After five or six seasons, most sitcoms hit a point in their writing process where storylines are being proposed less because they’re a good idea and more because a character pairing hasn’t been used before. This makes sense, because a lot of what drives a sitcom forward is the unique chemistry between characters, so there’s a chance at something strange and hilarious coming out of this switching around. Likewise, it can keep things from getting same-y. That being said, there’s usually more than a bit of desperation to this sort of story, a “might as well try this” attitude that signals that the writers are running low on ideas.
Fortunately that wasn’t the only thing going on in “Two Men Talking,” but there was undeniably a lot of that in the decision to make Ellie and Travis have an “emotional affair.” After all, given Cougar Town’s level of utopian, laid back optimism, there’s no way the show could deal with a real affair, or even much relationship drama. The show’s couples are set in stone, even ones, like Ellie’s, that are kind of a mess, so this is the closest thing Cougar Town can do to dramatizing something like that. The problem is just how forced this is, the rationale behind this pair’s relationship being that cars are really soothing.Yup, that’s it. I’m willing to go pretty far with Cougar Town, to accept its absurd premises without batting an eye, but this one just felt lazy.
Travis and Ellie are fun together, which comes as no surprise, and I enjoyed the show taking on the stereotypes of affairs, even though this was brief. It was just that the whole thing could’ve been fleshed out more and given some substance. This was a story you could tell from the very beginning would be forgotten by next episode, and that always means very, very low stakes. Compared with the other strange pairings in the episode, this story was a bust, even though it was by far the weirdest.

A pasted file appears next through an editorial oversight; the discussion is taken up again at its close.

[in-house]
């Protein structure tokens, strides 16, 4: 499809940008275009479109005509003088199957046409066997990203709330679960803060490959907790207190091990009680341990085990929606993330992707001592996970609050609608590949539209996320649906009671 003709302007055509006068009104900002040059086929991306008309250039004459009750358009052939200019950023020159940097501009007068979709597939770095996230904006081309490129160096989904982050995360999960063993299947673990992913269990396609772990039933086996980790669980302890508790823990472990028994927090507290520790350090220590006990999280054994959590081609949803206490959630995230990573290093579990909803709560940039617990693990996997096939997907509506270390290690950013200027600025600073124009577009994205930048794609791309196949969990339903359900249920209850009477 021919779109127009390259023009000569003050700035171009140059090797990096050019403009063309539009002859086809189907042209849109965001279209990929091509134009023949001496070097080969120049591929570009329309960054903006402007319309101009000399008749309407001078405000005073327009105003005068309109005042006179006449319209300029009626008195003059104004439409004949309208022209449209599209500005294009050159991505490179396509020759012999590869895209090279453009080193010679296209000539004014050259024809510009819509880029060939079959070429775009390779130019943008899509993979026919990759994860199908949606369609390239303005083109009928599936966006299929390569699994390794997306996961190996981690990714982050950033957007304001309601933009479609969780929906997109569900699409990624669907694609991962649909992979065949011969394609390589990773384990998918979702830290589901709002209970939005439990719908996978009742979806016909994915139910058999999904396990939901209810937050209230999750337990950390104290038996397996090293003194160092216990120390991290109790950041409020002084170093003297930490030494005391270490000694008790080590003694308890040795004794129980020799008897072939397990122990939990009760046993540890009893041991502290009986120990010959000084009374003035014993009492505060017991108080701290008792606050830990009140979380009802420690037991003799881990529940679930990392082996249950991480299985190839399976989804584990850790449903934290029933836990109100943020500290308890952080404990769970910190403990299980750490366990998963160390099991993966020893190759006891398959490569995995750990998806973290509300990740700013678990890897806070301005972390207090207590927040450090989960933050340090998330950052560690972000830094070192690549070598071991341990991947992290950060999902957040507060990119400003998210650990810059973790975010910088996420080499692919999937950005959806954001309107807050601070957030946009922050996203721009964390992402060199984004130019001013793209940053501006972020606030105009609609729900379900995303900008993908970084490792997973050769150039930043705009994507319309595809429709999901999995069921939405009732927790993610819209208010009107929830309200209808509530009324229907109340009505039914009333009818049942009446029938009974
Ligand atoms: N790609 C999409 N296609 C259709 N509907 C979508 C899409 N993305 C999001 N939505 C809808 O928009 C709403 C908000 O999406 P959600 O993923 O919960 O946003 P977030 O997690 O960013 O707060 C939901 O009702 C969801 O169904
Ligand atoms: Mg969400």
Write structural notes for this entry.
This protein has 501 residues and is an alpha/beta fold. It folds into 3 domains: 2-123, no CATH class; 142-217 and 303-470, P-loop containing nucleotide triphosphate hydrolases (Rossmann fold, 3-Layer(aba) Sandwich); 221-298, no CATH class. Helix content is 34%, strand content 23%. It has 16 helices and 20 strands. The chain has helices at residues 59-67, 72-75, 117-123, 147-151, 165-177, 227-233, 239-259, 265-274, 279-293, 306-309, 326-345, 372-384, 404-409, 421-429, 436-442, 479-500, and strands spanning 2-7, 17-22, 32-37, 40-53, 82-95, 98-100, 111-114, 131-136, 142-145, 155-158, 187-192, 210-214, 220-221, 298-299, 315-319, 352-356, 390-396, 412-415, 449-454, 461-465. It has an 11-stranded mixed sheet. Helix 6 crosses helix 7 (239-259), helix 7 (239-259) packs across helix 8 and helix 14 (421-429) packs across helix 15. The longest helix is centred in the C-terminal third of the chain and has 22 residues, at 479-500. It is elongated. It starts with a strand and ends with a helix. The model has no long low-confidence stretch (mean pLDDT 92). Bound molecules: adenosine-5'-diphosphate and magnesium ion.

Andy’s attempt, with Laurie’s help, to join the cool mom’s clique at the park was much better, particularly because it didn’t just come out of the blue. Laurie and Andy kept acting like themselves, instead of becoming randomly devoid of their personalities because they’re in a car, and there’s a real sense that this relationship makes sense. They are both parents, and I have a lot of appreciation for the show gradually putting more focus on that part of life, rather than going the Parks and Recreation route and pretending it doesn’t exist. Cougar Town isn’t about parenting, it’s about growing older, but even in a world with this elastic a reality that has drastic effects on who a person is and how they spend their time.
The last story worked because it was a fake-out of trying to do the same “switch the pairings” thing three times. Jules’ father seems restless without any friends since moving to Gulfhaven, and she wants Grayson to spend time with him. Most stories around her dad are kind of a bust because he’s just not that interesting of a character, but here the episode isn’t about him, and he’s only given a few goofy minutes on-screen (plus the lying about your birthday gag was the type of disrespect that the show is rarely willing to use with him). It turns out, Grayson hasn’t befriended the guy, they’ve just decided to hide from Jules that he’s started dating, which turns a possibly tedious story on its head.
At the very least, Cougar Town is still trying new material and seeing where it can draw stories from. Particularly important is that it’s not returning to the status quo of its last two seasons, and we’re already onto stories about Andy as a parent and Ellie returning to work as a lawyer. Not everything is working, but the show’s overall narrative keeps moving forward and preventing Cougar Town from dropping its momentum.